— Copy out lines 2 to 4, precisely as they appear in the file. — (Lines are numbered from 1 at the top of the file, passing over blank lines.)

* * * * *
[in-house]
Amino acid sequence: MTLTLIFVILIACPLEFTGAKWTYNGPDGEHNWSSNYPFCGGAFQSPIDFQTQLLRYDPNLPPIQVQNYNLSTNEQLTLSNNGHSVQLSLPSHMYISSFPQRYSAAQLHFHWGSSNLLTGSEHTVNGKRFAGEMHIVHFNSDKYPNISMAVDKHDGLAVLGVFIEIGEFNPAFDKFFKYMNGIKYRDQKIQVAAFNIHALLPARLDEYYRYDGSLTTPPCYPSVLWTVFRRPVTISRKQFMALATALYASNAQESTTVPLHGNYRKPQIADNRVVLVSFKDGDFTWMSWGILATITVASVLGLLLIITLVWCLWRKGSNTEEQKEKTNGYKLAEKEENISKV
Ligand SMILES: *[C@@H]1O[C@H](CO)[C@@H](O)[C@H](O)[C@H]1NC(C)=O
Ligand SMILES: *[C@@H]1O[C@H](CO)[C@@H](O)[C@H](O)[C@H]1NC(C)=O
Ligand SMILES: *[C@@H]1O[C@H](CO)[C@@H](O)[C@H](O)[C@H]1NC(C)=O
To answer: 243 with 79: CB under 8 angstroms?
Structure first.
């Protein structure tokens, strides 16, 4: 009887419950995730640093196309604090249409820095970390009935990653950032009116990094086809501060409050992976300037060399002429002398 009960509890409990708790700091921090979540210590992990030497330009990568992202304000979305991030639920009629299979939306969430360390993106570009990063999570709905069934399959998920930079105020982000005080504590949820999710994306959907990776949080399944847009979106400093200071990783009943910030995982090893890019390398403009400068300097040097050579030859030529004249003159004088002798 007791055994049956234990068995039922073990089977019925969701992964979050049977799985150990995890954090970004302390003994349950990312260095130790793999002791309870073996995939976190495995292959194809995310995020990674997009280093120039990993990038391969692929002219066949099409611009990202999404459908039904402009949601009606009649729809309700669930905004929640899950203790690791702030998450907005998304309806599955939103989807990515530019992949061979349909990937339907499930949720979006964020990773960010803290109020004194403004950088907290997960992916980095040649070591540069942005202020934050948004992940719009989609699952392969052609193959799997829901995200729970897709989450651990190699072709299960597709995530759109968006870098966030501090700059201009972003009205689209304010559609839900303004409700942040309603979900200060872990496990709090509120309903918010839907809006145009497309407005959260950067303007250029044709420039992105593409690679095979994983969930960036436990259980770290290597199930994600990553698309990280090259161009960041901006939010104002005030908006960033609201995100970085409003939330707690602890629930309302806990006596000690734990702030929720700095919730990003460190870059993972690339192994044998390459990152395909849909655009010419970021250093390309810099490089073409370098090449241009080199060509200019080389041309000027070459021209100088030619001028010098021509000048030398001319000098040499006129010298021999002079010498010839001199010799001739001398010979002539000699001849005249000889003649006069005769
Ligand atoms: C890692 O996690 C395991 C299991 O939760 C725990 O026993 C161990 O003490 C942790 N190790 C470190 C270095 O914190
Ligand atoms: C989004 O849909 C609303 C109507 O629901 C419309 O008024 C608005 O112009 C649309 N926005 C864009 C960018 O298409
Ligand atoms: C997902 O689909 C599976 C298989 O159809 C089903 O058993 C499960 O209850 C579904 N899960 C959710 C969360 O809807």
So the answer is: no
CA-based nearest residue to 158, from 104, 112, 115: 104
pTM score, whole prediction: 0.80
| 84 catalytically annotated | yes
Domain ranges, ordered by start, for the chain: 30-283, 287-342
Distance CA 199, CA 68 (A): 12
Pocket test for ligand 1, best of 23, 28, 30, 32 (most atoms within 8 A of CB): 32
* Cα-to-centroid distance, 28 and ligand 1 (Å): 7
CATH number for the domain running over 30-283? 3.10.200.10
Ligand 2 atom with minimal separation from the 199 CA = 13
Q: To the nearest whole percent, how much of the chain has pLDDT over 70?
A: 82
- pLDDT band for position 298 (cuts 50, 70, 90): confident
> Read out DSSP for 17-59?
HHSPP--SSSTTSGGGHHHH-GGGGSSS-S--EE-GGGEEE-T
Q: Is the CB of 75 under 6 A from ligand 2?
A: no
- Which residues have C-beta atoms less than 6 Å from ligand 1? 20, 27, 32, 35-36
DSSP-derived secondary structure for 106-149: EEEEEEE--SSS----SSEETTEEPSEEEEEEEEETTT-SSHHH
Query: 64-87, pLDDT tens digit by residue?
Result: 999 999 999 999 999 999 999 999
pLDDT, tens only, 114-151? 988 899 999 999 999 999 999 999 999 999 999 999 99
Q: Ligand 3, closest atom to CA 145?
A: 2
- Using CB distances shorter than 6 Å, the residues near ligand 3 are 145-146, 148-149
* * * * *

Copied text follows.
Amino acid sequence: MTLTLIFVILIACPLEFTGAKWTYNGPDGEHNWSSNYPFCGGAFQSPIDFQTQLLRYDPNLPPIQVQNYNLSTNEQLTLSNNGHSVQLSLPSHMYISSFPQRYSAAQLHFHWGSSNLLTGSEHTVNGKRFAGEMHIVHFNSDKYPNISMAVDKHDGLAVLGVFIEIGEFNPAFDKFFKYMNGIKYRDQKIQVAAFNIHALLPARLDEYYRYDGSLTTPPCYPSVLWTVFRRPVTISRKQFMALATALYASNAQESTTVPLHGNYRKPQIADNRVVLVSFKDGDFTWMSWGILATITVASVLGLLLIITLVWCLWRKGSNTEEQKEKTNGYKLAEKEENISKV
Ligand SMILES: *[C@@H]1O[C@H](CO)[C@@H](O)[C@H](O)[C@H]1NC(C)=O
Ligand SMILES: *[C@@H]1O[C@H](CO)[C@@H](O)[C@H](O)[C@H]1NC(C)=O